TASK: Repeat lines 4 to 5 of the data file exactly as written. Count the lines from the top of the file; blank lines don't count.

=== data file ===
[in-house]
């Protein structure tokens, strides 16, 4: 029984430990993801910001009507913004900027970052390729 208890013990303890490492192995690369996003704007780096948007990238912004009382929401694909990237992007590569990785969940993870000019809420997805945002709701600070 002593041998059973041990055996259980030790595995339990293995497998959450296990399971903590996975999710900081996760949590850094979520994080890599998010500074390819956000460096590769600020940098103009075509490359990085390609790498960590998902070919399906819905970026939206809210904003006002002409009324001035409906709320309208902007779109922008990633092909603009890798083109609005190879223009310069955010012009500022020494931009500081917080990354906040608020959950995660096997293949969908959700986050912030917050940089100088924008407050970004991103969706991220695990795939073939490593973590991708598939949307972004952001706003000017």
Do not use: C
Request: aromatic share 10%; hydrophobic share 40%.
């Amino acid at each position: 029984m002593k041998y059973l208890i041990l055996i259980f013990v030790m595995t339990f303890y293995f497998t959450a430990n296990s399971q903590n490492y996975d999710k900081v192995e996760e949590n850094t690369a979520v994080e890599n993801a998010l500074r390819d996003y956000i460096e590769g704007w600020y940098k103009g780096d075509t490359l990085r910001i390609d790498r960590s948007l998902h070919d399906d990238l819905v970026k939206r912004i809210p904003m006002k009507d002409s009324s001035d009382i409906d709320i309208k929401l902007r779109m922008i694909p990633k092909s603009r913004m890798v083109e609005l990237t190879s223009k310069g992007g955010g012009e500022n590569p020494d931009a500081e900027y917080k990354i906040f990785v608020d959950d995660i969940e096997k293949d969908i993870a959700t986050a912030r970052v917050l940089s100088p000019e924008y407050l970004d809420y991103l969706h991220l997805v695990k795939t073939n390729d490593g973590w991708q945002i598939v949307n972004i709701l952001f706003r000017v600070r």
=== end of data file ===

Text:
Request: aromatic share 10%; hydrophobic share 40%.
């Amino acid at each position: 029984m002593k041998y059973l208890i041990l055996i259980f013990v030790m595995t339990f303890y293995f497998t959450a430990n296990s399971q903590n490492y996975d999710k900081v192995e996760e949590n850094t690369a979520v994080e890599n993801a998010l500074r390819d996003y956000i460096e590769g704007w600020y940098k103009g780096d075509t490359l990085r910001i390609d790498r960590s948007l998902h070919d399906d990238l819905v970026k939206r912004i809210p904003m006002k009507d002409s009324s001035d009382i409906d709320i309208k929401l902007r779109m922008i694909p990633k092909s603009r913004m890798v083109e609005l990237t190879s223009k310069g992007g955010g012009e500022n590569p020494d931009a500081e900027y917080k990354i906040f990785v608020d959950d995660i969940e096997k293949d969908i993870a959700t986050a912030r970052v917050l940089s100088p000019e924008y407050l970004d809420y991103l969706h991220l997805v695990k795939t073939n390729d490593g973590w991708q945002i598939v949307n972004i709701l952001f706003r000017v600070r």